We’ll also use tags to designate a “type” of feature. When a project gets created, we input all the tasks into the project’s space so team members can go through them and sort the tasks into weekly sprints. This should be fluid as it often shifts through the life of the project, but then they, or the PM, can tag the task with the high level features in which it is associated. This allows us to be inside a project and then filter by tasks that are tagged “feature X”. You are now ONLY looking at the tasks that have to do with that feature, making it easier to verify that everything is completed as agreed upon by the project owner and the client.
We are also starting to use tags to mark bugs and priorities. While we like using GitHub’s issue tracker, having it all in Asana gives everyone a true sense of the status of the project from beginning to the fully debugged launch.
Assigning vs. Following
This was the biggest hurdle our team had to overcome after migrating from Trello. In Trello, you have the option to tag multiple people on one card giving all of them a sense of “ownership.” The problem with this is that no one really knows WHO is responsible for the tasks, creating an environment where team members expect everyone else to get the tasks done. I was ultimately guilty of this!
With Asana, the person “Assigned” to the task is responsible for doing something with that task. That something could be adding followers and starting a comment thread about the needs of the task, which then spawns the need for even more tasks assigned to different people (i.e., a project manager has the task of creating the features list, and assigning to the right people). It could be updating the task and re-assigning it to another person, or even “passing the buck” and assigning it to someone else because you don’t have the time to work on it or need help for some reason.
Ideally, a task is assigned to someone, they complete the task, and mark it as completed. At a minimum the individual should make sure to mark if/when they plan to complete the task by assigning a due date to the task if there hasn’t been one already assigned.
We also will assign certain tasks to people to cover a task that doesn’t need to be marked “Completed” (such as our people in our CRM). Christi, our marketing manager, is responsible for ensuring that all of our contact info and lists are updated. Once updated, she removes herself from being assigned to the task instead of marking it as “Completed”. As long as a person touches the tasks that are assigned to them, then the task will continue to be monitored.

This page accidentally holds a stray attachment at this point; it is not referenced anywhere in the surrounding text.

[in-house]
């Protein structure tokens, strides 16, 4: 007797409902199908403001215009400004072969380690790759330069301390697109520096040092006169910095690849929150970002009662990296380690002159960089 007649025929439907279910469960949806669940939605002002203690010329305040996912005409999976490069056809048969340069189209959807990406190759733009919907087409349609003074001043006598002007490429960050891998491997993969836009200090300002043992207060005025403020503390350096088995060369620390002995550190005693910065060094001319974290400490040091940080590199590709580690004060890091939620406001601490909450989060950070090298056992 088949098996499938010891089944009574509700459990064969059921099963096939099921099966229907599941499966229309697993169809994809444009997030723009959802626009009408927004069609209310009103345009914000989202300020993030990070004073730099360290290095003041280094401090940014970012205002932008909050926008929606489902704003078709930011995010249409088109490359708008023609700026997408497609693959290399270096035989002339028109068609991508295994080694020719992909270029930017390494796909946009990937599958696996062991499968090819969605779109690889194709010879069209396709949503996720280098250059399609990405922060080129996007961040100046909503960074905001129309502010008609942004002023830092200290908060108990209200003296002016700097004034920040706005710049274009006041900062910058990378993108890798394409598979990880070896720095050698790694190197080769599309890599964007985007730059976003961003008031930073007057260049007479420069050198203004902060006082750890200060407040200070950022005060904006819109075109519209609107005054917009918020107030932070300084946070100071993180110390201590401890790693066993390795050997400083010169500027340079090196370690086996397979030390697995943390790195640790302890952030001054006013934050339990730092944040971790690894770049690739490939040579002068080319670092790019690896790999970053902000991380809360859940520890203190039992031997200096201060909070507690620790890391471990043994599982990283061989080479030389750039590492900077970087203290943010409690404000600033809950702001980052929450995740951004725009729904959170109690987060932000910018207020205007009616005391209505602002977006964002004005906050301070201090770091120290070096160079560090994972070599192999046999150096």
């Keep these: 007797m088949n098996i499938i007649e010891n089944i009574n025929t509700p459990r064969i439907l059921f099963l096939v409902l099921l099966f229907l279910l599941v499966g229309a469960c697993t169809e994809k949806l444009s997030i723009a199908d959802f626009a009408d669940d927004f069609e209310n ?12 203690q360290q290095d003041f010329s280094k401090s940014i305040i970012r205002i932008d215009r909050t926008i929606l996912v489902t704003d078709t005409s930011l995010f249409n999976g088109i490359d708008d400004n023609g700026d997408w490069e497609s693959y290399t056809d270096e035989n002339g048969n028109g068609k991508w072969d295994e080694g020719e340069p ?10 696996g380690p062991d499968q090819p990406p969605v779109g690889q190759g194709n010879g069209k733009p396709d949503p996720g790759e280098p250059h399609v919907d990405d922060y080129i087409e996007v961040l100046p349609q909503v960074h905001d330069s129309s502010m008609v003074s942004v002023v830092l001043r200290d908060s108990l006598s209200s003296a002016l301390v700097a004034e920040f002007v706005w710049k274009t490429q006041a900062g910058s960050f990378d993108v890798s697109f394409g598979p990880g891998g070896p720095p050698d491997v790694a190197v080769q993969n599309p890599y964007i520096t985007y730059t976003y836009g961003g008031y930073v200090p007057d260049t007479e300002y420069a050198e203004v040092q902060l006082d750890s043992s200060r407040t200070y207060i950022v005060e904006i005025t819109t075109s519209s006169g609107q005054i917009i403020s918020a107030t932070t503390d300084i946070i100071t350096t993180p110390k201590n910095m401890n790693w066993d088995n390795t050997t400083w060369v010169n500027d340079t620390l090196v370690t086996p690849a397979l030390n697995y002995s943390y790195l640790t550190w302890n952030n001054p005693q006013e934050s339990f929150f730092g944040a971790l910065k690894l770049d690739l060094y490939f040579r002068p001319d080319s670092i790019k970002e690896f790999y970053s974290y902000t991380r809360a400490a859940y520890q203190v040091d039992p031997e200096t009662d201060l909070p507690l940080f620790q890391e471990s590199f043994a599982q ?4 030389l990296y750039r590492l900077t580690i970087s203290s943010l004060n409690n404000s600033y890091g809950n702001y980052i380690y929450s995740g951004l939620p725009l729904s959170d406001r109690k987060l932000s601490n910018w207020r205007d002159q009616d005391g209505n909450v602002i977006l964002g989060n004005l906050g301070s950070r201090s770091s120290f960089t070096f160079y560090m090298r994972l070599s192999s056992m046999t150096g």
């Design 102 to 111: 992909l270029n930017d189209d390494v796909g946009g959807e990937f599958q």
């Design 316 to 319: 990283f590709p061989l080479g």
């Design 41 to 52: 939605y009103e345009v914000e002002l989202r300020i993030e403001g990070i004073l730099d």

Following is more passive
If I’m following a project, I see every new task that is added or completed in a project, but I don’t have to see every comment or change on a specific task unless I’m following that specific task. This is easier to understand if you’re thinking about things in the view of the new “Inbox” feature in Asana. Think of it as your twitter feed; just as the people you’re following show up in your feed, the tasks or projects you’re following show up in your feed.
Use tasks for everything
If I need someone to review a google doc for me, I add a task and assign it to them, drop a comment about what I need, and possibly the link to the doc. If Rob (our talented lead designer) needs me to review a design before sending it to the client, he reassigns the task to me, and makes a comment that it’s ready to review. You get the idea. Force yourself to use it for everything.
Which leads us to the last thing….
Check “My Tasks” and “Inbox” often.
Take a few minutes every day to skim through your inbox (yes, initially it’s a bit of a challenge to get used to another inbox). Once all your projects are set up and you’re running smoothly in Asana, turn email notifications back on and do your due diligence to unfollow things you don’t need to be on, and keep up with the things that you do need to be on. Bottom line, be intentional about using the tool. The more you make it a discipline to work from Asana, the better the tool will work for you!
Asana has done a great job of thinking about things in a flexible form based around tasks being whatever you need a task to be. Projects can be whatever you need a task to be, and same with tags. Most importantly, Asana is a tool. It has issues and is not perfect. I’d assume that’s why they need $28 Million dollars (and early adopters) to make it even better. If you’re working on one single product and want to split out the one product into many projects with many teams, then Asana is just as good as any other task-list solution. Where I think that Asana shines is in its ability and flexibility to manage a team of people working on numerous projects with multiple tasks.
Don’t force too much micromanagement with this tool. It’d be easy to do. Instead, set some basic guidelines such as, “if you want me to get this done, make a task and assign it to me”; or “if it’s a priority, tag it”; and “if we committed to hit a specific date, put it on there!”; and finally, “if you create a task, make sure someone (yourself or another team member) is going to handle it”.
Let us know what tools you use in your agency.